Assessment | Biopsychology | Comparative | Cognitive | Developmental | Language | Individual differences | Personality | Philosophy | Social |
Methods | Statistics | Clinical | Educational | Industrial | Professional items | World psychology |

Social psychology: Altruism · Attribution · Attitudes · Conformity · Discrimination · Groups · Interpersonal relations · Obedience · Prejudice · Norms · Perception · Index · Outline

Social position means a position of an individual in a given society and culture. A given position (for example, the occupation of priest) may belong to many individuals. Social position influences social status. One can have several social positions, but only one social status.

Social positions an individual may hold fall into the categories of occupation (medical doctor, academic lecturer), profession (member of associations and organisations), family (parent, sibling, etc.), hobby (member of various clubs and organisations), among others. An individual is likely to create a personal hierarchy of such positions, where one will be a central position while the rest are perhiperal positions.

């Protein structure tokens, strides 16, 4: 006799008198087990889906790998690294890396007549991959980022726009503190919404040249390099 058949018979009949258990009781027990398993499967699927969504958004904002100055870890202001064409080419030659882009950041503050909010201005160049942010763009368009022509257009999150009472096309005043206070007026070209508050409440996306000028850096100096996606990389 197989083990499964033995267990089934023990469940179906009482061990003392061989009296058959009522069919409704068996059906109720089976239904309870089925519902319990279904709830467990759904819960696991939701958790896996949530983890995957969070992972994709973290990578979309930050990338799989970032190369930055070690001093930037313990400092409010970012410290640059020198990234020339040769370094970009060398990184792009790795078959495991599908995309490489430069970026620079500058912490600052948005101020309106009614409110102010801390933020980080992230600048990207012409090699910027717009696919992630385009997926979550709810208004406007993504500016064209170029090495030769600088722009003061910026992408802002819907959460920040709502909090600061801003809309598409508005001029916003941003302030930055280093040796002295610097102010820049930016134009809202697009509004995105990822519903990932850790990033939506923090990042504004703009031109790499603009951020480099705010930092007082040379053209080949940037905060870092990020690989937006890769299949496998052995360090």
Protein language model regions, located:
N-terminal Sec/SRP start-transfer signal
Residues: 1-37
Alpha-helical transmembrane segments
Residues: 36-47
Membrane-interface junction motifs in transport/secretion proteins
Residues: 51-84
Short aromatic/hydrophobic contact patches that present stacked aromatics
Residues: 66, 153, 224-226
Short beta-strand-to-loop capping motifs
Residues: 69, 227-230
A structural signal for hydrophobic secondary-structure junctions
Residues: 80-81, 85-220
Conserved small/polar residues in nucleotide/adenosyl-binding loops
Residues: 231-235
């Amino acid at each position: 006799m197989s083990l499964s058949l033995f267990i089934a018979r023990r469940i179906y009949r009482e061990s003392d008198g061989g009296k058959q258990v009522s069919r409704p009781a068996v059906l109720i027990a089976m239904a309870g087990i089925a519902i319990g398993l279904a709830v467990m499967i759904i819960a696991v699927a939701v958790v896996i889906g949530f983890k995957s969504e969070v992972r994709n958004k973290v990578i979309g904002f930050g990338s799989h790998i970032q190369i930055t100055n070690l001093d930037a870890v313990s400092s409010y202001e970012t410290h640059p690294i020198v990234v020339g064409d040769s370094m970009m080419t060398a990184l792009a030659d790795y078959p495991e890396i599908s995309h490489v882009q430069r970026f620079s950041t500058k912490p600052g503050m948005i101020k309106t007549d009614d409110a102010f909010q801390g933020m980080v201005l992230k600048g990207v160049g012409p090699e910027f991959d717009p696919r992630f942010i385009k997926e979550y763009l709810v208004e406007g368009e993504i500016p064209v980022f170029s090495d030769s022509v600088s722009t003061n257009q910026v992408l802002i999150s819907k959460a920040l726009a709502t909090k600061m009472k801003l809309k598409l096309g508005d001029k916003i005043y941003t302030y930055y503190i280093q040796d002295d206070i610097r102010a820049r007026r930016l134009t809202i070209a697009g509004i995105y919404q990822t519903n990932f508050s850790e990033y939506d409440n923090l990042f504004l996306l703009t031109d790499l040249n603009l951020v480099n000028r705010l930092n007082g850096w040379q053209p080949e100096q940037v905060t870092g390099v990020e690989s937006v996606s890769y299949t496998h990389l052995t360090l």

Social positions are visible if they require an individual to wear a uniform or some other kind of identifying mark. Often individual clothes or other attributes will advertise what social position one has at the moment. Non-visible social positions are called hidden. A position that is deemed the most important to given individual is called central, others are peripheral. If a sequence of positions is required to obtain a given position, it can be defined as a career, and change of position in this context is a promotion or demotion. Some social positions may make it easier for a given person to obtain others; in other cases, some positions may be restricted based to individuals meeting specific criteria.

Social position together with social role determines individual's place in the social environment and social organisation. A group of social positions will create a social class and a social circle.

A social conflict caused by interference between social positions is called a position conflict.

This page uses Creative Commons Licensed content from Wikipedia (view authors).
Community content is available under CC-BY-SA unless otherwise noted.